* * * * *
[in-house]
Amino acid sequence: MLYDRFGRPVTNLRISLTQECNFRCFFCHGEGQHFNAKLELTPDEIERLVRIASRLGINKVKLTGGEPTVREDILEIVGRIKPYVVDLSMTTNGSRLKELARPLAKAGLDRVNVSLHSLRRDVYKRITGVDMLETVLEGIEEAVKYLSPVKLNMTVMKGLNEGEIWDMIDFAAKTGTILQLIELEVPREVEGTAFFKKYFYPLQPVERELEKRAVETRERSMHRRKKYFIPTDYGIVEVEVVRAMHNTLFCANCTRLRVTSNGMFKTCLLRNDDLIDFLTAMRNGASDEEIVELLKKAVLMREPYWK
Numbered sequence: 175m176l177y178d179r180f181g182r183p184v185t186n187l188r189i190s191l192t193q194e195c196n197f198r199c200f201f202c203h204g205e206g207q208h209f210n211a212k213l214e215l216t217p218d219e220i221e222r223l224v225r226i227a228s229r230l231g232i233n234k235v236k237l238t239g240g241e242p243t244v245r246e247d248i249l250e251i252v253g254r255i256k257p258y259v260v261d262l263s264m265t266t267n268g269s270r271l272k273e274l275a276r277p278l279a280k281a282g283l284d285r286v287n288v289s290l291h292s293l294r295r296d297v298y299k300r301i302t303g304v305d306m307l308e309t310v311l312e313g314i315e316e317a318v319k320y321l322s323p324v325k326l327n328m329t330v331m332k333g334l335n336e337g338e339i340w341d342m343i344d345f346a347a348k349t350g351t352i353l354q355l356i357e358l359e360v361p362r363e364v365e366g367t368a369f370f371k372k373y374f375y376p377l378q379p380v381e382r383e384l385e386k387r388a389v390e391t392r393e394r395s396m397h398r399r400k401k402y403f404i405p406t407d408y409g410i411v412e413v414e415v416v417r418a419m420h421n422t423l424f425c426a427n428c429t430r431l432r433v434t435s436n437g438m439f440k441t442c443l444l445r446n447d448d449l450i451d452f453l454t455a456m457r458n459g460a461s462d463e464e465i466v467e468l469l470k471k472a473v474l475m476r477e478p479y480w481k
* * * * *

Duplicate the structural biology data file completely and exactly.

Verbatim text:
[in-house]
Amino acid sequence: MLYDRFGRPVTNLRISLTQECNFRCFFCHGEGQHFNAKLELTPDEIERLVRIASRLGINKVKLTGGEPTVREDILEIVGRIKPYVVDLSMTTNGSRLKELARPLAKAGLDRVNVSLHSLRRDVYKRITGVDMLETVLEGIEEAVKYLSPVKLNMTVMKGLNEGEIWDMIDFAAKTGTILQLIELEVPREVEGTAFFKKYFYPLQPVERELEKRAVETRERSMHRRKKYFIPTDYGIVEVEVVRAMHNTLFCANCTRLRVTSNGMFKTCLLRNDDLIDFLTAMRNGASDEEIVELLKKAVLMREPYWK
Numbered sequence: 175m176l177y178d179r180f181g182r183p184v185t186n187l188r189i190s191l192t193q194e195c196n197f198r199c200f201f202c203h204g205e206g207q208h209f210n211a212k213l214e215l216t217p218d219e220i221e222r223l224v225r226i227a228s229r230l231g232i233n234k235v236k237l238t239g240g241e242p243t244v245r246e247d248i249l250e251i252v253g254r255i256k257p258y259v260v261d262l263s264m265t266t267n268g269s270r271l272k273e274l275a276r277p278l279a280k281a282g283l284d285r286v287n288v289s290l291h292s293l294r295r296d297v298y299k300r301i302t303g304v305d306m307l308e309t310v311l312e313g314i315e316e317a318v319k320y321l322s323p324v325k326l327n328m329t330v331m332k333g334l335n336e337g338e339i340w341d342m343i344d345f346a347a348k349t350g351t352i353l354q355l356i357e358l359e360v361p362r363e364v365e366g367t368a369f370f371k372k373y374f375y376p377l378q379p380v381e382r383e384l385e386k387r388a389v390e391t392r393e394r395s396m397h398r399r400k401k402y403f404i405p406t407d408y409g410i411v412e413v414e415v416v417r418a419m420h421n422t423l424f425c426a427n428c429t430r431l432r433v434t435s436n437g438m439f440k441t442c443l444l445r446n447d448d449l450i451d452f453l454t455a456m457r458n459g460a461s462d463e464e465i466v467e468l469l470k471k472a473v474l475m476r477e478p479y480w481k